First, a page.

How my original approach to making changes is helping me in retirement

When I was a teenager, I developed an unhealthy habit of repeatedly making promises to my mom that I would go on a diet and then breaking my promise. For this reason, I have found that one of the best ways to make a change is not to make a promise.

If that sounds strange, it’s not the only original way I’ve found over the years to make lasting change, and now that I’m 71, it’s much easier than before. Here are 11 other strategies I use, drawn from my professional background, spiritual practices, and life experience:

1. Write a note and put it in my “God box”

It looks like I’m a religious person, but I’m not; I believe in entropy, gravity, inertia and other natural forces, but not in a supreme being. Yet counterintuitively – perhaps similar to a placebo – asking for help from a God I don’t believing in it is one of my most successful strategies, especially when my approach is playful. For example, one day when I had eaten practically an entire day’s food by late morning, I wrote:

“Hey, I already ate a lot today! Please help.

My footwork:

stay light

For

Avoid this plague!

Thank you my friend. I like you,

SLR”

(Sarah is my first name.)

“Footwork” means I can’t ask God to help me if I’m not ready to commit, so I always offer what I will do. We are a team.

My God Box is a little tin box from childhood that ironically – given that many of the changes I’ve wanted to make are food-related – once contained pieces of caramel. On the outside it says in cursive, “Take The Home Sweet Home”. The box reminds me of myself as a playful little girl.

After asking for God’s help, I always feel lighter and feel like I can more easily make the change I want.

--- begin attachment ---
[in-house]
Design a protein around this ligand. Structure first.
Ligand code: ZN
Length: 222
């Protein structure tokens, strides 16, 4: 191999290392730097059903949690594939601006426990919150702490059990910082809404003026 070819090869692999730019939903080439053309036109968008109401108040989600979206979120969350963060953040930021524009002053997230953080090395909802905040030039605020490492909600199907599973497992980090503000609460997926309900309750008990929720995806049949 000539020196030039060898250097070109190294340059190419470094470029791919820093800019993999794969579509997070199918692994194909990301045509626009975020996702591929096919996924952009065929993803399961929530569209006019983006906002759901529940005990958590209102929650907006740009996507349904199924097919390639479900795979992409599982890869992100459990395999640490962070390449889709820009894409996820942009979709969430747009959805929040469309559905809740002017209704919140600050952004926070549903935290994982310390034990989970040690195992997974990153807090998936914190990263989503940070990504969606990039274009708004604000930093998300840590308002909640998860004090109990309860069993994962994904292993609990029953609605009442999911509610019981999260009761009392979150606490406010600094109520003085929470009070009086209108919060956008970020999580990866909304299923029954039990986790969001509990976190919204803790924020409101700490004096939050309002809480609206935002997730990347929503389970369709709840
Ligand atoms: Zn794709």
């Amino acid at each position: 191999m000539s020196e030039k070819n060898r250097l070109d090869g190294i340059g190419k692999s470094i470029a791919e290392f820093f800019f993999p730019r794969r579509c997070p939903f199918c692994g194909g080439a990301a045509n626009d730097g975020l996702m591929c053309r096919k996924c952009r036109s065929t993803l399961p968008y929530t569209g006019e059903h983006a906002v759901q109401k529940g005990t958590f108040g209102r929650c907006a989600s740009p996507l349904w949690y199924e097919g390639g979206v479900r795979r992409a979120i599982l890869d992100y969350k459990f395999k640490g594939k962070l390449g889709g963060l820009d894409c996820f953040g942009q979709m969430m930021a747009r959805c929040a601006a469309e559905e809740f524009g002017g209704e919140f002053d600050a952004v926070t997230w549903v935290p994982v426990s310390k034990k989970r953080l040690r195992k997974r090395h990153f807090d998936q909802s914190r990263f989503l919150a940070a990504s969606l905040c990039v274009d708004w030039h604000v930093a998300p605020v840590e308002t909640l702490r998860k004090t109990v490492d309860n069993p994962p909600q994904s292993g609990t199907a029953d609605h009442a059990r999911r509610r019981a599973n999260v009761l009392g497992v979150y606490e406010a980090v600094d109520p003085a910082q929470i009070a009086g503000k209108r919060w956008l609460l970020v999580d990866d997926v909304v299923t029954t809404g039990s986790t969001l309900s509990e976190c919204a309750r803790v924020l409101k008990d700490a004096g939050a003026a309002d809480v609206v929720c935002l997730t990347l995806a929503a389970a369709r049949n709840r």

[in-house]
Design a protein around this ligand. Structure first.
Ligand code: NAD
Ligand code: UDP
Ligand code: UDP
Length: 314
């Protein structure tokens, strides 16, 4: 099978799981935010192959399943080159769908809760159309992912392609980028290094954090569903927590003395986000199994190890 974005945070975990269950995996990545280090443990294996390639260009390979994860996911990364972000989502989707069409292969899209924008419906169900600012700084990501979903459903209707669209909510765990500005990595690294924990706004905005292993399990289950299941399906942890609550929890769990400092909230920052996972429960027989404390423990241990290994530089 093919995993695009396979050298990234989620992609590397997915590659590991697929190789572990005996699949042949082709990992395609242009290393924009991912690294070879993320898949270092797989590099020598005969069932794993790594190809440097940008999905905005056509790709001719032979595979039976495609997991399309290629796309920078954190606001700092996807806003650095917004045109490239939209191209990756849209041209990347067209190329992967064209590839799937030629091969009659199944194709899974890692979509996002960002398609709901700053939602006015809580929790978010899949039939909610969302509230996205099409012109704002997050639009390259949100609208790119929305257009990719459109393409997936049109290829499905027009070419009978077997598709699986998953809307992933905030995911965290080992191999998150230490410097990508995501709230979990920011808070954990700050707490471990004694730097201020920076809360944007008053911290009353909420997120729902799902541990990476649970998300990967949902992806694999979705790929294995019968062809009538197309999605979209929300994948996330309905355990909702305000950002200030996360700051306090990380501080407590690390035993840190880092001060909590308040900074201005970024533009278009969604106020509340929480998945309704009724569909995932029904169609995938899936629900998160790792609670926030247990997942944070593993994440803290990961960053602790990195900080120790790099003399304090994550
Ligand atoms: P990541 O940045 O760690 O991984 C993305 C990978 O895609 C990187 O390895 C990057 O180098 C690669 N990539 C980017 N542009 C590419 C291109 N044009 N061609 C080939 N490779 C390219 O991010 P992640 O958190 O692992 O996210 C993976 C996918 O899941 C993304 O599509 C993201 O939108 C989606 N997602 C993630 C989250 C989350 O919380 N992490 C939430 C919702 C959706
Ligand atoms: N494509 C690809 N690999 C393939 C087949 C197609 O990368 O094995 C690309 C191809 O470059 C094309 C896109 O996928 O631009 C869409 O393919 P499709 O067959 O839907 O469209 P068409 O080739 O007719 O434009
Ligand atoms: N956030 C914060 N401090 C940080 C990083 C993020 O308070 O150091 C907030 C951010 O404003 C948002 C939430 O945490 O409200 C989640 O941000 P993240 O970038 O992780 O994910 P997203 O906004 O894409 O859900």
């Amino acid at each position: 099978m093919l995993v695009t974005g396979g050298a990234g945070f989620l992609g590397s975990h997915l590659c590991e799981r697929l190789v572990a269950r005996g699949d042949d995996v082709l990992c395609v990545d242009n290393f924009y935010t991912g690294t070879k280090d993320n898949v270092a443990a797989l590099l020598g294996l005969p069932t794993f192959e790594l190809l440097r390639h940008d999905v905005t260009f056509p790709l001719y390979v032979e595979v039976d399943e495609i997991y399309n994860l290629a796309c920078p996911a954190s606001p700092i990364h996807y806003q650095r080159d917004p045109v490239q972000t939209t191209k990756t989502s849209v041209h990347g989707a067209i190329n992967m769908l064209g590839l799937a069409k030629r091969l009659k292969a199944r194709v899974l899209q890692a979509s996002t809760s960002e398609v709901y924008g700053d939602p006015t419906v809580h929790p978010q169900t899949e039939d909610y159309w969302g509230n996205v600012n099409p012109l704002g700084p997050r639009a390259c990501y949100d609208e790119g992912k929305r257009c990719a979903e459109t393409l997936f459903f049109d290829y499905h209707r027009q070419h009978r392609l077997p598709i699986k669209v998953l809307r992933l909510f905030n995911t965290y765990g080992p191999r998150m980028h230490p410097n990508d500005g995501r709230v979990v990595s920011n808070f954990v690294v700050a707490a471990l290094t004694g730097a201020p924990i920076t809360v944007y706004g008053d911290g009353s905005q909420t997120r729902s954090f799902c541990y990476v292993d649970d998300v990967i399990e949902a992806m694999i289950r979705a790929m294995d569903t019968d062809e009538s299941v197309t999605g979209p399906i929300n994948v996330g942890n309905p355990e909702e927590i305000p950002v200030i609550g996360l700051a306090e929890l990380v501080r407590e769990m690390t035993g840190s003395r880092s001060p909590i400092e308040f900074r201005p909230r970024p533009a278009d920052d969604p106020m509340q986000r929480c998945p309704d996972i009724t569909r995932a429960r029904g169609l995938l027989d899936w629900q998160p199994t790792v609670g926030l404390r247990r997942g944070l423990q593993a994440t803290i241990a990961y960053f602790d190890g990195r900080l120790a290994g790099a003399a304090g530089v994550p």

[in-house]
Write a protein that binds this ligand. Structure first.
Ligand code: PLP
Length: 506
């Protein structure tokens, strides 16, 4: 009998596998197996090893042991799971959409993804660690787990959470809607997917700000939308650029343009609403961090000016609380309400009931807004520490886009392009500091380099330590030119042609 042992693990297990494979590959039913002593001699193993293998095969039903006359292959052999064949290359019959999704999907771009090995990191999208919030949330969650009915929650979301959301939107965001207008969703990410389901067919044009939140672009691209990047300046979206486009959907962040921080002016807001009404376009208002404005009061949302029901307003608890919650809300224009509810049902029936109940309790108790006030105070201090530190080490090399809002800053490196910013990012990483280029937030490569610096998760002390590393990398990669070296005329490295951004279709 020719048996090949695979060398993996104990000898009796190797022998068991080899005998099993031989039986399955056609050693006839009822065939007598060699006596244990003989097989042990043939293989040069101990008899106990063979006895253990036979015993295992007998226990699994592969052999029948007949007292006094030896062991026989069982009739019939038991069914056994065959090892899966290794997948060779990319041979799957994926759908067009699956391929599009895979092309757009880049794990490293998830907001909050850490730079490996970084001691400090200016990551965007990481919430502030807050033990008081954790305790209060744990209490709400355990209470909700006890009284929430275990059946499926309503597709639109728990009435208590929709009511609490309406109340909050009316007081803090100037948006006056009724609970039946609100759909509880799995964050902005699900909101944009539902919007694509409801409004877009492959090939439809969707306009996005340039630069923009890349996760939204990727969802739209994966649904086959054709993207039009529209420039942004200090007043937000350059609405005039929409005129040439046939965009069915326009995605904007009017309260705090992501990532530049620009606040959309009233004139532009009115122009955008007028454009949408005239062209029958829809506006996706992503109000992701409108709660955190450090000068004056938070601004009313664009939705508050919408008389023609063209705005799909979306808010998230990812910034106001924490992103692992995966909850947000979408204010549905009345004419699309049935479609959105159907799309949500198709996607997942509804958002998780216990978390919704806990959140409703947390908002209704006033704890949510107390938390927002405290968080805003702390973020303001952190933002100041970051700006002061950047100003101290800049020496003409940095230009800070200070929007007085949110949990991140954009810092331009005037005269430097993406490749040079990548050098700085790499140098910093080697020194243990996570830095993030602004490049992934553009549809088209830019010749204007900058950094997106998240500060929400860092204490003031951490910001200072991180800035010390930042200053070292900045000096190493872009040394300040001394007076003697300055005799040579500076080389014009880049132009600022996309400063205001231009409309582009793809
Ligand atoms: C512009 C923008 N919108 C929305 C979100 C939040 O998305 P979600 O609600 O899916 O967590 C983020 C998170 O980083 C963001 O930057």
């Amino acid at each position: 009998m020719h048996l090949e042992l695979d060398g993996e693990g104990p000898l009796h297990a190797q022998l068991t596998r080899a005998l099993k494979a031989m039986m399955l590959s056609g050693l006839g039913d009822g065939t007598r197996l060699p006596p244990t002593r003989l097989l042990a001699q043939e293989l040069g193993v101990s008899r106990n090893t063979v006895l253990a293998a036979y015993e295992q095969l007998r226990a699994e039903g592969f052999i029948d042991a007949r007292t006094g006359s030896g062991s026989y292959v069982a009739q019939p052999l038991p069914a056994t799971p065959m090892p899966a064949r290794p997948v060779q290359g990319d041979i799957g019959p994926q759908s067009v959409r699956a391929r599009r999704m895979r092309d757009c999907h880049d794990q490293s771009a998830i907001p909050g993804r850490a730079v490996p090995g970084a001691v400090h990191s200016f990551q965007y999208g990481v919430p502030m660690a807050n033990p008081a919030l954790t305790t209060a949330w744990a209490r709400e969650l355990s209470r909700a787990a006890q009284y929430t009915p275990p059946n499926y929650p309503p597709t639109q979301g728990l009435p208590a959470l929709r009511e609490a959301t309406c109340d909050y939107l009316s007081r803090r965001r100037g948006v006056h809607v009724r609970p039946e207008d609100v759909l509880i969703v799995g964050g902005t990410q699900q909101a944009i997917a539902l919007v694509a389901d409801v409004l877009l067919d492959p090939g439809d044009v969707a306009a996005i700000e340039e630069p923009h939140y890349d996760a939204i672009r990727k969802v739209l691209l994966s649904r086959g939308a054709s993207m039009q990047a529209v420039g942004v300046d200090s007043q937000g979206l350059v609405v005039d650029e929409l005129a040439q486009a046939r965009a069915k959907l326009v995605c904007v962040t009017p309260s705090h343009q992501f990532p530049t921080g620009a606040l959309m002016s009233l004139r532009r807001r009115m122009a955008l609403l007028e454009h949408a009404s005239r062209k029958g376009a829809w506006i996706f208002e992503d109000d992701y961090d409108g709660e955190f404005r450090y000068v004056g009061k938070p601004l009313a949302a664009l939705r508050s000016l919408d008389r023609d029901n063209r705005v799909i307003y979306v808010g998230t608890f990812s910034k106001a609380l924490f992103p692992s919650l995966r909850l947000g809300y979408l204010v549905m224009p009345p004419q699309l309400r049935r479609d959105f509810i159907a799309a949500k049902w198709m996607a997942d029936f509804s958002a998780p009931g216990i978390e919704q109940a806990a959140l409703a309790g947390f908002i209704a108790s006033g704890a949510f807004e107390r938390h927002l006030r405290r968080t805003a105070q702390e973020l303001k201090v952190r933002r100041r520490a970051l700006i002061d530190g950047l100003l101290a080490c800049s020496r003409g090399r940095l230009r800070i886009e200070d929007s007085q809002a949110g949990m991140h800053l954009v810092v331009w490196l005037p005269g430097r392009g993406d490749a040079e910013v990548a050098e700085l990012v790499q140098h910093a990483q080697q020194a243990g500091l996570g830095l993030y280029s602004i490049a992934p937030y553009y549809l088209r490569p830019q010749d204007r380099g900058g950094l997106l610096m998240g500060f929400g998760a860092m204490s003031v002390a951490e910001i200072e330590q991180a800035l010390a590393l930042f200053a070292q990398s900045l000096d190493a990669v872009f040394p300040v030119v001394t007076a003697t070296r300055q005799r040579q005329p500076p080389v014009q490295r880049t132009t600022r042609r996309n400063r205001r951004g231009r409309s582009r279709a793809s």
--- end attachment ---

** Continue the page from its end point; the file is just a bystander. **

2. Seek help from my long-lost family members

Seeking the support of my mother and my sister, Arabella, who both passed away decades ago, also helps me a lot. Not because they’ve always been role models — in fact, both have struggled to make changes in their lives, especially, like me, in the area of ​​food. But the fact that they too struggled is exactly what I need because I feel their empathy, which helps me feel less alone. This is important because, for me, a sense of isolation heightens my feelings of anxiety and almost guarantees that I will not succeed.

3. Using timing to my advantage

In the 80s, when I was eating two bags of Doritos a day, my sister, who was visiting me, told me that she was concerned about my nutrition. After our conversation, I agreed to have no more Doritos for the duration of his visit.

The day after he left, my husband Barry and I went sailing in the Gulf Islands, one of my nine happy places, off the coast of British Columbia. At the time, Doritos were not available in Canada. Since I managed to stop myself from buying Doritos for the trip, by the time I got home I hadn’t eaten them for 10 days – long enough to have passed my worst cravings.

I also use timing by associating a change with a significant event, like when I quit drinking Tab, the precursor to Diet Coke, the day my sister gave birth. I recently told my niece, now 36, that her birth was instrumental in helping me get over my Tab habit!

4. Bookends

When I was driving to a nearby town for a class, I often stopped at a particular grocery store to buy an irresistible bag of chips that I couldn’t easily find in Eureka, the “Victorian Seaport” on the North Shore of California. where Barry and I live part of the year. I sat in the car after my lesson, devouring the whole bag while reading a magazine. Happiness! But afterwards, I felt bloated and almost sick.

Finally I asked a friend if I could call her before and after reader and leave a message letting them know what happened. No promises! Only one update – for better or for worse. Communicating with her on either end of the drive made all the difference, and after calling her several times, I stopped buying the tokens.

5. Imitate